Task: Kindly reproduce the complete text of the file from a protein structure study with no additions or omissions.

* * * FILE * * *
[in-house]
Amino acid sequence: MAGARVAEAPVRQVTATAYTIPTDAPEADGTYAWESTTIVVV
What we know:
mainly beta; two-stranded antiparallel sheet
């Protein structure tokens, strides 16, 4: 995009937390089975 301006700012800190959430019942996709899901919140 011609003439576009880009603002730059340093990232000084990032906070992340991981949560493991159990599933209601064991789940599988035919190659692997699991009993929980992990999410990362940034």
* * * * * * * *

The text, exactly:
[in-house]
Amino acid sequence: MAGARVAEAPVRQVTATAYTIPTDAPEADGTYAWESTTIVVV
What we know:
mainly beta; two-stranded antiparallel sheet
């Protein structure tokens, strides 16, 4: 995009937390089975 301006700012800190959430019942996709899901919140 011609003439576009880009603002730059340093990232000084990032906070992340991981949560493991159990599933209601064991789940599988035919190659692997699991009993929980992990999410990362940034």